Five Ways to Take Salable Photos of Familiar (and Not-So-Familiar) Places

By Stan Sinberg in San Francisco, CA

When you think of San Francisco -- which is where the group of us taking the Ultimate Photography Workshop currently find ourselves -- you think of the Golden Gate Bridge, Pier 39, Golden Gate Park, and perhaps North Beach and Chinatown.

So one big question for aspiring professional photographers is: How do you compete with all the gorgeous photos of these landmarks shot by far-more experienced photographers already out there?

One answer is: Don’t. Shoot something different!

For instance, yesterday morning we headed out to the little-known (by tourists) Mission District. This area has missions (duh), odd boutiques (if you call a Pirate store and a Voodoo shop odd), and dozens and dozens of beautiful murals painted on the sides of buildings.

Led by our tour guide, Joyce, we spent hours wandering up and down main streets and back alleys, snapping pictures of street life, gardens, colorful houses, and the ubiquitous murals. It was a San Francisco few of us knew, and even fewer of us imagined.

More importantly, relatively few outsiders know about it, making it appealing to editors who want to bring their readers something new and different.


Does that mean that you don’t shoot the Golden Gate Bridge, Pier 39, etc? No.

In fact, last night we made a field trip to shoot the Golden Gate Bridge at sunset (albeit from a little-known -- again, by tourists -- viewpoint), and today we’re taking walking and shooting tours of North Beach and Chinatown.

But I suspect that when the workshop attendees start selling their photos from here, more of the paydays will derive from the photos taken around areas like the Mission District (perhaps a photo essay on “The Street Murals of San Francisco”), than from their more famous counterparts.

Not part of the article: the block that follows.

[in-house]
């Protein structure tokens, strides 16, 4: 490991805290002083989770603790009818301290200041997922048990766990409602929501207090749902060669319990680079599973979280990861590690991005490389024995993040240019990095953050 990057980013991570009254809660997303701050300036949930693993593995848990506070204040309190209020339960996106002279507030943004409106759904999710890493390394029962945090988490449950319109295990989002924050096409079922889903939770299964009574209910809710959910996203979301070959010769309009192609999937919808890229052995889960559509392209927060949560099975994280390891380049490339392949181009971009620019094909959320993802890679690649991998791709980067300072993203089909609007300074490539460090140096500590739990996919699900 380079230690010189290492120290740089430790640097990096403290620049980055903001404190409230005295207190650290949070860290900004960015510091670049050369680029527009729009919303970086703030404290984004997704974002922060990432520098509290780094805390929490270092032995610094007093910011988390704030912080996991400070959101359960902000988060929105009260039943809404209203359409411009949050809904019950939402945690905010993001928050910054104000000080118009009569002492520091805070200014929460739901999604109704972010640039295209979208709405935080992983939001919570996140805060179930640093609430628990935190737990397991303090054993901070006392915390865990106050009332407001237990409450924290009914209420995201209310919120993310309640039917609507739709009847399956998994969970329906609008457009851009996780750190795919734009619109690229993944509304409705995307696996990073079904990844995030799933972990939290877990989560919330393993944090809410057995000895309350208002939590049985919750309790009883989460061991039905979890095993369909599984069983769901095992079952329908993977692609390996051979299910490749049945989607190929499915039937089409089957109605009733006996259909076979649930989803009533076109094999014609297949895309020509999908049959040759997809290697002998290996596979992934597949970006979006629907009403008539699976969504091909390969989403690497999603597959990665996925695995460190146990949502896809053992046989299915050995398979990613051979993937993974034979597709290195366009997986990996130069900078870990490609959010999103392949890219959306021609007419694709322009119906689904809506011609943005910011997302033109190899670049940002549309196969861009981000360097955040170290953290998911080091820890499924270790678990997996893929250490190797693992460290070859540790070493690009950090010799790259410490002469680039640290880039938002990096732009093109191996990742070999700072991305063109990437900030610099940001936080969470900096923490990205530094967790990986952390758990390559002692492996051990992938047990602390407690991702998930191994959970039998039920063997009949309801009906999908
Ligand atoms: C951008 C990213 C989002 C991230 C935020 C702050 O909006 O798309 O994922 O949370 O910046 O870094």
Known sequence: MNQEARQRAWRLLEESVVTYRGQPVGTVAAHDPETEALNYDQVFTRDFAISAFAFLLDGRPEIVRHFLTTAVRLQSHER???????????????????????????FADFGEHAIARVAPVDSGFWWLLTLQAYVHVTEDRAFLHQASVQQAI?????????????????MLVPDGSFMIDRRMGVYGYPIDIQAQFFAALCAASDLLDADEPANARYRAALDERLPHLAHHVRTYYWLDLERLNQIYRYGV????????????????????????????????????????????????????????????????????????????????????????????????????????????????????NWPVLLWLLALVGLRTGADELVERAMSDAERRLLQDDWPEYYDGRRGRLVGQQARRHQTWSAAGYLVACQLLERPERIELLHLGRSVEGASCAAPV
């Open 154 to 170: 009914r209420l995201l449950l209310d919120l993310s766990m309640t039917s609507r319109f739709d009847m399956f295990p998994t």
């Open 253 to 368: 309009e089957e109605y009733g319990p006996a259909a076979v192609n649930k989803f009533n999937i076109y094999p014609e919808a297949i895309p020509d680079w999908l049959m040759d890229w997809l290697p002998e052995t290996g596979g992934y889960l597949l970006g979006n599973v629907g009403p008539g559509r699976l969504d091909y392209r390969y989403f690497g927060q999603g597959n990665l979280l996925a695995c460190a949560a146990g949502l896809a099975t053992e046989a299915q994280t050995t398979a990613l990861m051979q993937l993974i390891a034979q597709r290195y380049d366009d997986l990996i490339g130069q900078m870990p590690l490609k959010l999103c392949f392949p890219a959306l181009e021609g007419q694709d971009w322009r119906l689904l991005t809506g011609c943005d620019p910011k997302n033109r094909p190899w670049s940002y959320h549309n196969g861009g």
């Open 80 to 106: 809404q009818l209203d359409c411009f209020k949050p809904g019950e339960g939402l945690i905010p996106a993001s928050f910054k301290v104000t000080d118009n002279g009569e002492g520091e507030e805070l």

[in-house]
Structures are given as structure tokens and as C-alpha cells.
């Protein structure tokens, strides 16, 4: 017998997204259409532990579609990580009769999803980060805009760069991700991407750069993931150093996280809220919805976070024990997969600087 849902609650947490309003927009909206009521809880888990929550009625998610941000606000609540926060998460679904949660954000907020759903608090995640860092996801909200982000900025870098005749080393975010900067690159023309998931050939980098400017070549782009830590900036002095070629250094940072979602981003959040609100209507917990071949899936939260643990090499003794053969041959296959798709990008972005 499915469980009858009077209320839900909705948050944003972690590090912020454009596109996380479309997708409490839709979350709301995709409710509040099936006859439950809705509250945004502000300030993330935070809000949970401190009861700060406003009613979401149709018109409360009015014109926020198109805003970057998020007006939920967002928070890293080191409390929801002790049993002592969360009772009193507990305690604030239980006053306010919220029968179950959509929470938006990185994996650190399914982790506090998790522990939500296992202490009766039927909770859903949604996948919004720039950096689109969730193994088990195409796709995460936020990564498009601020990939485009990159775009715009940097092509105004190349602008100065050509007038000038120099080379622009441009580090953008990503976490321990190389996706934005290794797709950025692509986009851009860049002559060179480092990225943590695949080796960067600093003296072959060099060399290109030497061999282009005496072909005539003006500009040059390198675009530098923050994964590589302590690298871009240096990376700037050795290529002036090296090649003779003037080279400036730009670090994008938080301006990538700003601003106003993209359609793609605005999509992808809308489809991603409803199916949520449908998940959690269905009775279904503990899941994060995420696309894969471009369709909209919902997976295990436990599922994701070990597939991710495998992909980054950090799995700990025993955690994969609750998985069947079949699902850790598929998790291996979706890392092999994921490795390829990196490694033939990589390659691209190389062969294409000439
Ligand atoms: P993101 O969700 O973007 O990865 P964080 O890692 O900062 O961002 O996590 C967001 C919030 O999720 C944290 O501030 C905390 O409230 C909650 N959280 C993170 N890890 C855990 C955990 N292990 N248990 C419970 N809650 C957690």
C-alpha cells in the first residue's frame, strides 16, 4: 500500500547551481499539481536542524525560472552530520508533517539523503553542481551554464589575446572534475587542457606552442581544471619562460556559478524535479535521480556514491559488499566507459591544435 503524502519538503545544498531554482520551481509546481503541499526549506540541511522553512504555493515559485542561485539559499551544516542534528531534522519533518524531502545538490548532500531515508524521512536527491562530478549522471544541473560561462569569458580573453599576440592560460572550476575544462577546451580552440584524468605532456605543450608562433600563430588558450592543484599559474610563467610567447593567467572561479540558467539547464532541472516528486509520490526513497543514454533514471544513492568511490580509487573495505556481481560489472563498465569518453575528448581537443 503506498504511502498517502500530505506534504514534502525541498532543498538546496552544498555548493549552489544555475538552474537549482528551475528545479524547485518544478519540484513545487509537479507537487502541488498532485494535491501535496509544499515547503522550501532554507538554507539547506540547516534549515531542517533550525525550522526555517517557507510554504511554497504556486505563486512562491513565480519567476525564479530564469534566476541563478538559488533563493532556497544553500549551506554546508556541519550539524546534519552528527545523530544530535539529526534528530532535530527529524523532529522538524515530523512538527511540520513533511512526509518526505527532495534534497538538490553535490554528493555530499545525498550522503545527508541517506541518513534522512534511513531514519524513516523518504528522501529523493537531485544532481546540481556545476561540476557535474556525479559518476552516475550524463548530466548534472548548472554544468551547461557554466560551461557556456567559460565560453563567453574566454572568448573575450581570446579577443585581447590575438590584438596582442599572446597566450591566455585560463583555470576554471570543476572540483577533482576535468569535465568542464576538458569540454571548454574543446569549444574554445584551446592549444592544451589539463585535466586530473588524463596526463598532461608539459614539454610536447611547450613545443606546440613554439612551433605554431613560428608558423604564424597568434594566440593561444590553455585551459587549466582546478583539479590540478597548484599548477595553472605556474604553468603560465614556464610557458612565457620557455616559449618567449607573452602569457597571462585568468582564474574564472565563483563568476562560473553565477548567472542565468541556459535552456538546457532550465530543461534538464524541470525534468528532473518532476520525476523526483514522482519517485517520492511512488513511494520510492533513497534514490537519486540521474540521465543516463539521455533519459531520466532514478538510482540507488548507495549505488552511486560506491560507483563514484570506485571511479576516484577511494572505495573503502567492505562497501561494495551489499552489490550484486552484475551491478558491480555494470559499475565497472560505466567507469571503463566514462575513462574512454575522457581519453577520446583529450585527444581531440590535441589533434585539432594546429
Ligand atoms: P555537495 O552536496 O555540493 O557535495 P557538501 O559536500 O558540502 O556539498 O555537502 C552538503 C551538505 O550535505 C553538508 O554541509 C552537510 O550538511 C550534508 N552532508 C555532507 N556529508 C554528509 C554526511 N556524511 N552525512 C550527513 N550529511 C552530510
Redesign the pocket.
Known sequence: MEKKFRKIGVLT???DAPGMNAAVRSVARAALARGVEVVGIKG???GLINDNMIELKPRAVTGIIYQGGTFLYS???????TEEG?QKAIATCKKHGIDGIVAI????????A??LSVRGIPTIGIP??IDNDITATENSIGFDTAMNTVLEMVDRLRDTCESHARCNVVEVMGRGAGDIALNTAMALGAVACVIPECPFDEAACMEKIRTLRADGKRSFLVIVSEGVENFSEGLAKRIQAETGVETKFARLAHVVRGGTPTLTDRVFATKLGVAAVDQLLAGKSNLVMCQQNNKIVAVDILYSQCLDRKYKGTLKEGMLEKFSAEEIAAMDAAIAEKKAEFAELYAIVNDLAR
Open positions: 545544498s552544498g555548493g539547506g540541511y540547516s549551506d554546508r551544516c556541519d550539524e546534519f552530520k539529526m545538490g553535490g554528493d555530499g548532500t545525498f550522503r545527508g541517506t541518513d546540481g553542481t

Of course, when we DO take photos of San Francisco landmarks (or of the Mission District too, for that matter) our chances of composing bankable shots increase if we take photos that are different from the ones we’ve seen a zillion times before in magazines and on postcards in souvenir shops.


Rich Wagner, our workshop leader, gave us some tips for doing just that --

** 1. Shoot your subject from various angles. Walk around it. Get down on your knees or up on a bench and shoot from a different perspective.

** 2. Play with focus. By playing around with depth of field to make neighboring objects appear closer or farther away than they might actually be, we create new relationships between these objects. Similarly, by using selective focus (whereby one part of the photo is in sharp focus while we purposely blur, say, the background), we can create dramatic effects.

** 3. Look for patterns. Nature, as well as man-made structures, is full of repeating lines, curves, circles, etc, if only we keep our eyes open to them. Finding these patterns can provide us with ways to take artistically pleasing shots.

** 4. Look for patterns interrupted. As Rich observed, a picket fence is more interesting if one of the points is broken: ducks in a row instantly become more compelling if one duck is facing the wrong way. Look for something that is a little out of whack.

** 5. Tell a story. Put people in your photos. The human element arouses our curiosity about who these people are and what they’re doing, as well as giving the bridge, skyscraper, etc, a scale that we can relate to.

[Editor’s Note: Learn more about how you can turn your pictures into cash in our free online newsletter The Right Way to Travel.  Sign up here today and we’ll send you a new report, Selling Photos for Cash: A Quick-Start Guide, completely FREE.]